Loan growth may slow down to 14%

Nov 03 2012, 05:56 IST
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SummaryDifficulty in finding new projects, high interest rates & rising NPAs to fuel drop.

With banks finding it difficult to identify new projects, amid high interest rates and rising non-performing loans, loan growth is expected to slow down to 14% in the current financial year and pressure on net interest margin would continue.

In the first three months to June 2012-13, loan sanctions by 32 banks for capex in the private sector was down 60% year-on-year at Rs 26,800 crore for 80 projects compared with R67,700 crore for 131 projects during the same quarter in 2011-12. However, sequentially while the amount sanctioned increased 20% in Q1FY13 compared with Q4FY12, the number of projects sanctioned fell drastically.

An analysis by Kotak Institutional Equities says these loans are large-ticket and there could be volatility across sectors. In September 2012, non-food bank credit increased by 15.9% year-on-year compared with the increase of 18.7% in September 2011. Credit to industry grew by 15.6% in September 2012 compared with 22.9% growth in September 2011. Deceleration in credit growth to industry was observed in all the major sub-sectors, barring chemical and chemical products, cement and cement products and paper and paper products. The growth rate in non-food bank credit was down at 17% during 2011-12 compared with 20.6% in 2010-11.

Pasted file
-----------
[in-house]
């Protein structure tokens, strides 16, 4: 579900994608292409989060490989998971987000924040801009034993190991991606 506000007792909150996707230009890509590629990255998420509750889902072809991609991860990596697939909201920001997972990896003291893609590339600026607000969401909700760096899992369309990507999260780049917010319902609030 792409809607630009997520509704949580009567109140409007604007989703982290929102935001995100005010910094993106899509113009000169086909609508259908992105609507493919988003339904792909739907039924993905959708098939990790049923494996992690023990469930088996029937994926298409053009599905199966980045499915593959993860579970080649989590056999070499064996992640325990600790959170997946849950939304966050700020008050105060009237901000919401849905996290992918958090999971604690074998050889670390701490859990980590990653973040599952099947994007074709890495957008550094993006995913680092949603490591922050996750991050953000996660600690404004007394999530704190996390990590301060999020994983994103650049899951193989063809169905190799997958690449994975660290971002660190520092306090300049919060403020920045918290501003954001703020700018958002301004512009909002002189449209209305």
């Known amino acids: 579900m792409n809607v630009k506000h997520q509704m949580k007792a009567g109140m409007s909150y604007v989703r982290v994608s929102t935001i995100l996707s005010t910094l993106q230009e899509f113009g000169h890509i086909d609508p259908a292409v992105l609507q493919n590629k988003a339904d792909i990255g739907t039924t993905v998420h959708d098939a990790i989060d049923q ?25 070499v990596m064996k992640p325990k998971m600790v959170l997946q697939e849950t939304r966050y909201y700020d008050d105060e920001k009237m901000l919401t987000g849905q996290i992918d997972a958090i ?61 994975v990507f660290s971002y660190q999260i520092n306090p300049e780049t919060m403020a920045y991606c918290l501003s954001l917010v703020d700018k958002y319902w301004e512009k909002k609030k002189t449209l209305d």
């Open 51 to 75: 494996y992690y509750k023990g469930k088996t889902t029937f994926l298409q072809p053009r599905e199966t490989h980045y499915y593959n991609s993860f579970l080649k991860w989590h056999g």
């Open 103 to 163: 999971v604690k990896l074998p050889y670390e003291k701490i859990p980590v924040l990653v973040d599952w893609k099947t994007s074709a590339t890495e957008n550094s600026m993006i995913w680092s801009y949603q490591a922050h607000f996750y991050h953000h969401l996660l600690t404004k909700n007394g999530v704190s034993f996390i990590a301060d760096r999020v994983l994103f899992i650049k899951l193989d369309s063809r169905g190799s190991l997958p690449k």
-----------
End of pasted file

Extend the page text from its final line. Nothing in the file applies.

The report, after analysising ongoing and proposed capex in various sectors, cautious that the country faces a significant challenge in accelerating capex from the current levels and even from traditional sectors like power, road and telecom. In fact, current capex based on ongoing projects in power generation and distribution, roads and steel sectors is quite robust and these sectors are unlikely to see investments grow at the same pace reported over FY 2009-12. Similarly, in the first quarter of FY13, there was no planned capex for the textile sector.

In a earlier report titled ‘Investment Cliff’, the brokerage had underlined that even the Planning Commission's projection of $1 trillion of investment in the infrastructure sector during the twelfth five year plan (2013-17) appears optimistic. It says the three-fold increase in investment in the telecom sector and two-fold increase in the power sector compared with the eleventh five year plan is difficult to achieve given the likely slowdown in capex in both the sectors.

Moreover, companies’ chiefs are still weary of the economic recovery despite a slew of reforms initiatives taken by the government and the leveraged balance sheets. The equity market has still not improved which could have helped in deleveraging

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